Today, the U.S. Environmental Protection Agency is expected to announce new regulations to cut the carbon emissions of more than 600 existing coal-fired electric power plants.
And many analysts suggest that this regulation--which will likely spark a major political battle--will be the most important environmental legacy of the Obama Administration.
If the regulation survives, it could close hundreds of coal plants across the country.
The electric-utility industry already faces growing disruption from the impact of distributed renewable power sources.
A study by the Edison Electric Institute concluded last year that its century-old business model would not survive the advent of cheap solar and wind power.
Now, the industry faces billions of dollars of costs to update or replace its coal-fired generation capacity.
The effect of the EPA regulations could be to reduce the percentage of U.S. electricity generated from coal--which is already falling--to negligible amounts.
Investments in renewable generation or participation in regional "cap and trade" exchanges would all qualify if the net effect were to reduce each state's carbon footprint from generating electricity.
The plan represents President Barack Obama's second attempt at a comprehensive plan to address climate change.
Analysts suggest that its impact on U.S. carbon emissions will far outweigh that of the hotly debated Keystone XL pipeline, still pending approval, that would bring Canadian tar-sands oil into the U.S.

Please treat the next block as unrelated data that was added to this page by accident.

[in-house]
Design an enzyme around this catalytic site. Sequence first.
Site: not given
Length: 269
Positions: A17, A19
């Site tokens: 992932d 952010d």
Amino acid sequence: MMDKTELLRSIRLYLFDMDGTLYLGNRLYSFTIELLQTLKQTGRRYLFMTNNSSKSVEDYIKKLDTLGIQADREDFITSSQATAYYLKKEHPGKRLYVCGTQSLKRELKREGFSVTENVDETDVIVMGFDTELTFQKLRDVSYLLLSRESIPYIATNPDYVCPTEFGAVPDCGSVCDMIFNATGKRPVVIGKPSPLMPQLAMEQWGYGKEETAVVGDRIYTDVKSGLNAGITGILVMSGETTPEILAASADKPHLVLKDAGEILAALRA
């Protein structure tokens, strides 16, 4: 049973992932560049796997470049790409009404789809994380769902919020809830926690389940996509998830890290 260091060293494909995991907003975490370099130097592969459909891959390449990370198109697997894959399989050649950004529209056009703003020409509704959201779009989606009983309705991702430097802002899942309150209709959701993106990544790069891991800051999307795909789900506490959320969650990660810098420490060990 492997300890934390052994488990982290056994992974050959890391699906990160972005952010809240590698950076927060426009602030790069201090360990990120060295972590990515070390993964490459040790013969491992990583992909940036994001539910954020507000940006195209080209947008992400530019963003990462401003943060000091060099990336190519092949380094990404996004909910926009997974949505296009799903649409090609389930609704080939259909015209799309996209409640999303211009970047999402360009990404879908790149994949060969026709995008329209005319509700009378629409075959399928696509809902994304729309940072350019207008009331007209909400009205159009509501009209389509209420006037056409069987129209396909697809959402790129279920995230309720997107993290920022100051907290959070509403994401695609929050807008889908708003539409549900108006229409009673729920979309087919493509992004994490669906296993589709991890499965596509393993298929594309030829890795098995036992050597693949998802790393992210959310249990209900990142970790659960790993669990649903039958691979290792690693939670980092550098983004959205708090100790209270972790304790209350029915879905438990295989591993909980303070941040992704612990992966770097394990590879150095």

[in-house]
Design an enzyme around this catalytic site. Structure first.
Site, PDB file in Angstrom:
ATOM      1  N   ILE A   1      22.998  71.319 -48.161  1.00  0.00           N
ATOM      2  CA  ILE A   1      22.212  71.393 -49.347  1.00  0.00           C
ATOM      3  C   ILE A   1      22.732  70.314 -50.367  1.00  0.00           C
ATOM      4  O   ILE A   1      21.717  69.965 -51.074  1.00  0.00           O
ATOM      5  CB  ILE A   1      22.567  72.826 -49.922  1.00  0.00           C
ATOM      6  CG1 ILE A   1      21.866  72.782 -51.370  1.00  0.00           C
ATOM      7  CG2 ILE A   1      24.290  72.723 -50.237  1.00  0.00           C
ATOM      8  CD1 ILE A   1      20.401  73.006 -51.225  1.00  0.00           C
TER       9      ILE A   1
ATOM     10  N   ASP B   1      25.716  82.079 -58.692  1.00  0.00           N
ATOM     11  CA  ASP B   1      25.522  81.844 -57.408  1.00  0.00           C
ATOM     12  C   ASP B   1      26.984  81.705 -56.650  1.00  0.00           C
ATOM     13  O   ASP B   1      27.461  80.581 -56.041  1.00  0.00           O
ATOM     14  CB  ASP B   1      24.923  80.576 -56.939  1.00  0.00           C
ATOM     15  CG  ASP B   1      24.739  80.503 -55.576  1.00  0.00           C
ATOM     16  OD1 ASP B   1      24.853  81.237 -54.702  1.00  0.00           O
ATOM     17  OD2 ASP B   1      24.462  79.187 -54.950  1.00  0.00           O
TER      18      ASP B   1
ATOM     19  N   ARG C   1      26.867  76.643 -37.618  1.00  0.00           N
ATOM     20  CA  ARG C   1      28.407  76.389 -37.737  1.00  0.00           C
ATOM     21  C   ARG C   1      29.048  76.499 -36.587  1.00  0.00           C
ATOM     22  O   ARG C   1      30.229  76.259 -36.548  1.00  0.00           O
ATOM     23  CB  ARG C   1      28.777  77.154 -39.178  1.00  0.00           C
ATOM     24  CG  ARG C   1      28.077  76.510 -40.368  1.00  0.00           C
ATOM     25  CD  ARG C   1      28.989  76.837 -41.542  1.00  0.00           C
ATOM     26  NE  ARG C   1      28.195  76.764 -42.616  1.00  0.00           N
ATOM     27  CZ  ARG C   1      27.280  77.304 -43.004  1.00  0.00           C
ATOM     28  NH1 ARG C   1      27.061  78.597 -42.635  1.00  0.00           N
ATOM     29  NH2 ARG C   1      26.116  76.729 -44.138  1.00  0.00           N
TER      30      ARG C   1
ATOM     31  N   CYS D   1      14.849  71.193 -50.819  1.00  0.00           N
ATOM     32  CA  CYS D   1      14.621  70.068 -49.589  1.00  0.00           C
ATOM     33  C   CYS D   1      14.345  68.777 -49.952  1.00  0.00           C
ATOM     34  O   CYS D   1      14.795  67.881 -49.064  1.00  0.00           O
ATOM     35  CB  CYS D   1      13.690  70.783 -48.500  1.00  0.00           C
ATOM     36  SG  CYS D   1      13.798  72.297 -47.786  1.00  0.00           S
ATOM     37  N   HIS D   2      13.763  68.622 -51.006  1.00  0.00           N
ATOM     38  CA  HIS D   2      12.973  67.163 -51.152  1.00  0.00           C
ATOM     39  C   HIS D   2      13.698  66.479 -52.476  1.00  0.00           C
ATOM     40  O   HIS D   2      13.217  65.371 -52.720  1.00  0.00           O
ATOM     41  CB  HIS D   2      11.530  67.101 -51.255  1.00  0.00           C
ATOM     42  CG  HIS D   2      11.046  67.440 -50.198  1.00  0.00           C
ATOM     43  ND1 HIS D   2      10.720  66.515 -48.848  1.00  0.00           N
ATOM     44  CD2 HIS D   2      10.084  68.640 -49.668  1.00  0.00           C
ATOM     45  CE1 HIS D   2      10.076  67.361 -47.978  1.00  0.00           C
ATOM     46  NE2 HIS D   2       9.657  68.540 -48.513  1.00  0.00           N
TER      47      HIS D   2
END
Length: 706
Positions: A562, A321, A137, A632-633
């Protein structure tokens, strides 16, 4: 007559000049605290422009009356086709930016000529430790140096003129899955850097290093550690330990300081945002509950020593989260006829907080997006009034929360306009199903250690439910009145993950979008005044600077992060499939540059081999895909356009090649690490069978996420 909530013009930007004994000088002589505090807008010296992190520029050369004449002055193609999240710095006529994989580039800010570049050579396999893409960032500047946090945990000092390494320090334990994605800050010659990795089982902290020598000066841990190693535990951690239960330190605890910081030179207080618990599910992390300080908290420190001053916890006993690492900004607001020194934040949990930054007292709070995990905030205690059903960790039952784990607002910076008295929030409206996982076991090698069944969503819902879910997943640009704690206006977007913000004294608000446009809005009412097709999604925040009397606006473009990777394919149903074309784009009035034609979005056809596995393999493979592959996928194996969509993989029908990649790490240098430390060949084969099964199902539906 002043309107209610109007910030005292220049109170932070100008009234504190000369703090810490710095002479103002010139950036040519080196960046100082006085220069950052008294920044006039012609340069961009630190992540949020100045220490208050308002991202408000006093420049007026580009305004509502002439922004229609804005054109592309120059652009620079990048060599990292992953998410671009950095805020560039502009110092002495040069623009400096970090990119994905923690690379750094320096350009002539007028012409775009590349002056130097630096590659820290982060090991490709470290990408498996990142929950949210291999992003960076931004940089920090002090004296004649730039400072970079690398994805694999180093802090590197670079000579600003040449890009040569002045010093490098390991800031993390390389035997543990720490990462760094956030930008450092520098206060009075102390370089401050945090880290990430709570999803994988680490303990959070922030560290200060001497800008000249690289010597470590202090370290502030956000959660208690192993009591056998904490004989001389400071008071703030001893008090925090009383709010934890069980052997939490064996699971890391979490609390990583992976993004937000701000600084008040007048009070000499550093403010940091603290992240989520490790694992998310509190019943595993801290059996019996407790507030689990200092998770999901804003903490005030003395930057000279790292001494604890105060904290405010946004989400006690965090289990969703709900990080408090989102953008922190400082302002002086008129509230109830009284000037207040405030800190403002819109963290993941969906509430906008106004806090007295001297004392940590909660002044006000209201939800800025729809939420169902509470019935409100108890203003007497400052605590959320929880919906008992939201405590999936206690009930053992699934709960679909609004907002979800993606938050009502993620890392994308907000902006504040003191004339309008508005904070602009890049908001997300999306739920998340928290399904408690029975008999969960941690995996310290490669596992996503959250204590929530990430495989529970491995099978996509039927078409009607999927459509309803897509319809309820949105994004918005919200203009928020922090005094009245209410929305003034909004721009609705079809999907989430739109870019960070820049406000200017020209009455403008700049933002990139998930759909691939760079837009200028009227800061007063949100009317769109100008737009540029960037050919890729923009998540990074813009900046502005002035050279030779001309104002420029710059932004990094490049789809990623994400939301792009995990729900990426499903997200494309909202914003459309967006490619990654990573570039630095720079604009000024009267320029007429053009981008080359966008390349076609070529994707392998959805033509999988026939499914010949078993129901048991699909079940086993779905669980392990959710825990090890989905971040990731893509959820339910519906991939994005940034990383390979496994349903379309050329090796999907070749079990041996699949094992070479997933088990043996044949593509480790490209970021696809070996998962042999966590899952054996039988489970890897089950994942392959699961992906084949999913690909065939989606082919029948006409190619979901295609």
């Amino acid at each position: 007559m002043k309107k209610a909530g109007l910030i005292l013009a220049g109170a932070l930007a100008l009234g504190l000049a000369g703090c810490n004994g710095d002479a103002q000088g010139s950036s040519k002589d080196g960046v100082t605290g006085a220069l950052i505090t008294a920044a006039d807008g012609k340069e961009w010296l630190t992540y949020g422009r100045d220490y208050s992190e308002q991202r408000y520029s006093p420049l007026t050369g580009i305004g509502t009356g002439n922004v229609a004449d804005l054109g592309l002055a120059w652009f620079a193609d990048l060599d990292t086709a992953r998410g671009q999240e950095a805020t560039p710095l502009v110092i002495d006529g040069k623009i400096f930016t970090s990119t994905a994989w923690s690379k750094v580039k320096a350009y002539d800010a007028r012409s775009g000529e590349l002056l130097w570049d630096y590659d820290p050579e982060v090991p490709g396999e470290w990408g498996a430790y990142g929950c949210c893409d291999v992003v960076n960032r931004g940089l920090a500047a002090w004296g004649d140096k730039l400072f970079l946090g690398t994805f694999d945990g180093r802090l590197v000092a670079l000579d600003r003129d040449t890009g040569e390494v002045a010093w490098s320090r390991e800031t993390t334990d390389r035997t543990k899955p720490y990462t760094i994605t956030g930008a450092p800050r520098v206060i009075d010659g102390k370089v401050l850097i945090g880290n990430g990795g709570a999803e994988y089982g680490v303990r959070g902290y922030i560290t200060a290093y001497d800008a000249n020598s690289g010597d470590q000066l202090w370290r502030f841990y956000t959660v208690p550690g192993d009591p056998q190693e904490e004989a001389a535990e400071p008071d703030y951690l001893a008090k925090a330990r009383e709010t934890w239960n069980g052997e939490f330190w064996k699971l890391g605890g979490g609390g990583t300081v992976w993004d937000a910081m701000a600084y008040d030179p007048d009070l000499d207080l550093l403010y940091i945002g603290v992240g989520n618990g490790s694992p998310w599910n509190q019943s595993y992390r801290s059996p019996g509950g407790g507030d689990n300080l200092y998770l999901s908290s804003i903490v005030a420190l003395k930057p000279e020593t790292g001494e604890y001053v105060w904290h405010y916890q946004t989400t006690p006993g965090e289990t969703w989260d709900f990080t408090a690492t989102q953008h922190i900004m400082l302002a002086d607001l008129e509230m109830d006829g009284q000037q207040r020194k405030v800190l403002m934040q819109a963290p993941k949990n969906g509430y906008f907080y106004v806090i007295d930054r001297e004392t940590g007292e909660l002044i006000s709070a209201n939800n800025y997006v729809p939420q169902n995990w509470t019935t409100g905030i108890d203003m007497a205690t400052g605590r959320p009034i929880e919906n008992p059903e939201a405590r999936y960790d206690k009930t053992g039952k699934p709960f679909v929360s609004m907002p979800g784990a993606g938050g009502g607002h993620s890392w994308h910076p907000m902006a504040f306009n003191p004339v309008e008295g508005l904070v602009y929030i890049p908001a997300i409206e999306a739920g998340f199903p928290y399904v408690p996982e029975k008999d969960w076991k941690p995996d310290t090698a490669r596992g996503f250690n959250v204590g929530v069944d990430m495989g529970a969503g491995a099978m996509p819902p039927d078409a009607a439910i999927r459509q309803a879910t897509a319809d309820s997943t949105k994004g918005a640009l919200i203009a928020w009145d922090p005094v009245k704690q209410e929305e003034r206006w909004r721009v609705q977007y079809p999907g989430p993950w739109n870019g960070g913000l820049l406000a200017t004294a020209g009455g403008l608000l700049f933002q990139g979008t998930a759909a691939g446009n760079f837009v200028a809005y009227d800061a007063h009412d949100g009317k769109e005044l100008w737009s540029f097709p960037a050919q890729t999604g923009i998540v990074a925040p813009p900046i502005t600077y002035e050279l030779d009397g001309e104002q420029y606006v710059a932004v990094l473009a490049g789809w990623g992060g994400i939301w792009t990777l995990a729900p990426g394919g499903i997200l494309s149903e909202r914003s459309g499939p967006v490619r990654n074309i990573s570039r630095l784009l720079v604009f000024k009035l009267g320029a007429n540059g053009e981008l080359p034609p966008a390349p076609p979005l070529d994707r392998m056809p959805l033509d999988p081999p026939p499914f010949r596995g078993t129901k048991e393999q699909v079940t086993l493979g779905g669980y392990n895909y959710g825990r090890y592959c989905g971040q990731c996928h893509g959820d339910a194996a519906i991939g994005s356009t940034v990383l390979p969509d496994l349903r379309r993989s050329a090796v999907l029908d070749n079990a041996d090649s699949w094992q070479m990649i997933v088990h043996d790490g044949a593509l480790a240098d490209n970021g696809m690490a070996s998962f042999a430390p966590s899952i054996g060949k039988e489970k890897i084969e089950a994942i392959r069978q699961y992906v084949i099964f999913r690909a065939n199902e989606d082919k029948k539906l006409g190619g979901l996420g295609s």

Obama's ambitious first-term bill to reduce U.S. carbon emissions, which would have established a national carbon cap-and-trade program, was killed by Congress.
With the current Congressional gridlock--and notable numbers of Republican Congressmen on record saying they do not believe the accepted science of climate change--any meaningful action on limiting carbon emissions had to come through a different channel.
The proposed EPA regulations stem instead from the president's executive authority under the 1970 Clean Air Act.
With mid-term elections coming in November, and the least productive Congress in many decades now seated--as measured by legislation passed--today's EPA regulations may be as fiercely debated as any recent legislation has been.
Whether the regulations stand will directly affect the global standing of the U.S. to influence meaningful action on limited carbon emissions throughout the world.
It promises to be a battle royal.